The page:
M: If you write because you love it, then you’ll never be disappointed.  But if you’re trying to get published, there are a few things that may help.  First, learn about how the industry works.  Get an agent, because without one you have almost no chance of being published, except maybe by very small, niche publishers.

If a query letter is supposed to be one page and yours is three pages long, you’re already doomed.  There are plenty of great resources online to help you learn how to write a killer query letter.  If you’re not getting any bites from agents (requests to see a sample of your manuscript), then re-write your query letter.  You may have to go through the cycle several times.  It took me months to find an agent; it takes some people years.  When I was sending out queries, some people were nice, some not, and most never responded, which is worst of all.  If any agents give you feedback, by all means use it to make your query or manuscript better!

Once you have an agent you trust, try to take their advice.  Before my agent would send my manuscript anywhere, I had to cut it down by 25%.  It took me two months, and it was painful, but it was also worth it.

If you’ve tried for years and you can’t get an agent or a publisher, you might want to consider self-publishing.  Here again, you need to do a LOT of research (and don’t fall for those scams that ask you to pay thousands of dollars up front to get your book out there).  The books that tend to make it in self-publishing are those that have been professionally edited and polished over and over.  Most of all, enjoy the process J

Caroline: Good advice. What is a fun fact readers wouldn’t know about you?

M: Until I had children, I had never in my life lived in one place for more than three years, and I frequently stayed a lot less than three.

Caroline: Share something that would surprise or shock your readers.

M: This is a question I’ve never been asked before. My mother has ADHD and learning disabilities.  I grew up feeling very protective of her, but sometimes also resentful that I didn’t get the chance to fully be a child, without responsibilities.

Caroline: She was lucky to have you. I believe your book is in a series. Tell us about it.

M: Yes!  Blaze of Glory is the first of a trilogy.  I’d describe it as a family drama, although book one has a strong element of romance.  All three books are already published, and due to popular demand I’ll be writing at least one spin-off book in the near future.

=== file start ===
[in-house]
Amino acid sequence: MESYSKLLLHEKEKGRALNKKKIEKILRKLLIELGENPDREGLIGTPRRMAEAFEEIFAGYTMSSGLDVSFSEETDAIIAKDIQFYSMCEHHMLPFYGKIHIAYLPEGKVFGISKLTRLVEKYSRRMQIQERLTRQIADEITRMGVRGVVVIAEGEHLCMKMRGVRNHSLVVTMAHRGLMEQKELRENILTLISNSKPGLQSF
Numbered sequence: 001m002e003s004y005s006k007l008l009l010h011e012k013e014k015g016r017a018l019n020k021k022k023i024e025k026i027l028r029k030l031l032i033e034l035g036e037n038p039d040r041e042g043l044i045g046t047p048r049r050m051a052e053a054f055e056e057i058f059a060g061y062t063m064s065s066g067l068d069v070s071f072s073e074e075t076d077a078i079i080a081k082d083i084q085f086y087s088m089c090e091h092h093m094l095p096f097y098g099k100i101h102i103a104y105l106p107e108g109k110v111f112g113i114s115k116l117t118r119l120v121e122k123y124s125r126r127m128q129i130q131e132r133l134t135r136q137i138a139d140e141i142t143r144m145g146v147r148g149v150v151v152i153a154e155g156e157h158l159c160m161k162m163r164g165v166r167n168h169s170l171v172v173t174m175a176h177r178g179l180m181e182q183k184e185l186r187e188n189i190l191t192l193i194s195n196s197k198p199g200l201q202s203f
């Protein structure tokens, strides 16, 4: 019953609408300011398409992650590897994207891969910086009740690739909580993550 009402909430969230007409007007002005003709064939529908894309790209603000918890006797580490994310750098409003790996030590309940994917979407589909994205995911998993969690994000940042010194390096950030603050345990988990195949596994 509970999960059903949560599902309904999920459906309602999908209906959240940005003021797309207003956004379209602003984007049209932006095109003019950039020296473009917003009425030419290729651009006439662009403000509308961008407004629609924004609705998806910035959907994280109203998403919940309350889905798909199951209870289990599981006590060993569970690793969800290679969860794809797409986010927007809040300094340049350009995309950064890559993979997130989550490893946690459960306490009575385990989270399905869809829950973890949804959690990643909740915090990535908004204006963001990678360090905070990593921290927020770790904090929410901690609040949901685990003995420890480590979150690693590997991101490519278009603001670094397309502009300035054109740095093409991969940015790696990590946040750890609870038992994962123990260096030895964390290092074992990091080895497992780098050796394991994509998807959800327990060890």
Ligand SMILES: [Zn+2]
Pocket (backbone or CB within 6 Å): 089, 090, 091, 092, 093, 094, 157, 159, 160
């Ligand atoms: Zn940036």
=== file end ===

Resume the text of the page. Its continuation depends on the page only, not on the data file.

Caroline: Is there anything else you’d like readers to know about you?

M: I can’t sing.  Like, at all.  So any requests for singing interviews are out.


"The first book in the popular trilogy, soon to be a major new television series!

Some fires can consume you.

Last year, I had it all. Two jumpers on the show circuit, a lot of wins, and a lot of attention - the good kind. But now I have nothing. My life is circling the drain. The only spark of light that exists for me is my new, forbidden passion. If my stepfather finds out, he will kill me. My twin brother, my only blood relative in the world, has already begged me not to. But I can't help myself. If it can't be horses, it has to be this..."



I squished my way through the water-soaked grass to the pasture. The sudden downpour had cooled the air, and I shivered slightly in my wet clothes. The worst of the storm seemed to be over, and when I reached the pasture fence I paused, debating whether I needed to bring the horses in. The rain had abated to a fine drizzle, and there hadn’t been any lightning or thunder since I’d left the barn. It was such a relief to escape the tense atmosphere there that I lingered, leaning on the fence and watching the dark wet patches creeping down the horses’ coats.

I didn’t hear the footsteps until they were right behind me. I knew whose they were without turning; only Jaden’s presence would raise the hairs on my body like that.

“Tea,” he said my name like a caress.

I was about to duck away, but he knew me too well—his hands shot out and gripped the fence board on either side of me, though he didn’t touch me, of course. He was so close now that I could feel the heat from his body searing the back of mine, but this heat made me shiver all the more.

“How long are you planning on not talking to me?” His voice was subdued.

I shrugged. I felt, rather than heard, his sigh.

“You’re angry with me.”

He was wrong about that. It wasn’t anger that was making me avoid him, it was self preservation.

“I don’t blame you. I know I’ve made a mess of things. I came to give you a choice… I was planning to leave at the end of the season.” He paused, but my brain was already frozen. As though it couldn’t process the word ‘leave’. “But if you’d rather I left now, I’ll understand. I’ll find a spot for my horses closer to Toronto.”

My chest constricted painfully, and my breath started coming in sharp, raw gasps. Either way, he would be gone. My only option was whether to prolong my suffering. It was always the same impossible choice: the pain of his presence versus the torture of his absence. I didn’t say anything. I don’t think I could have spoken even if I’d wanted to.

“Let me know what you decide,” he continued quietly. He hesitated, then dropped his head close to mine; I felt the zing of current from my face down to my shoulder. He whispered his parting line in my ear.

“I miss you.”

I waited until his footsteps faded to surrender to the wracking sobs, and they shook me for a long time before I pulled myself together and went back to work.

Amazon buy link: 

(also available on Kobo, NOOK, and iBooks)

M. Garzon and equine friend

AUTHOR Bio and Links:

M. Garzon rode horses professionally for ten years, until an injury prompted a career change. She returned to school and completed a BSc; then for good measure, an MBA. After several years of toiling as a business consultant, she turned to writing in a desperate bid to regain her sanity. A mom of two fabulous children, she lives in St Lazare, QC and considers herself extremely lucky to be a writer.


1 comment:

Caroline Clemmons said...

Thanks for sharing with readers today. Best wishes for continued success with your books and the TV option.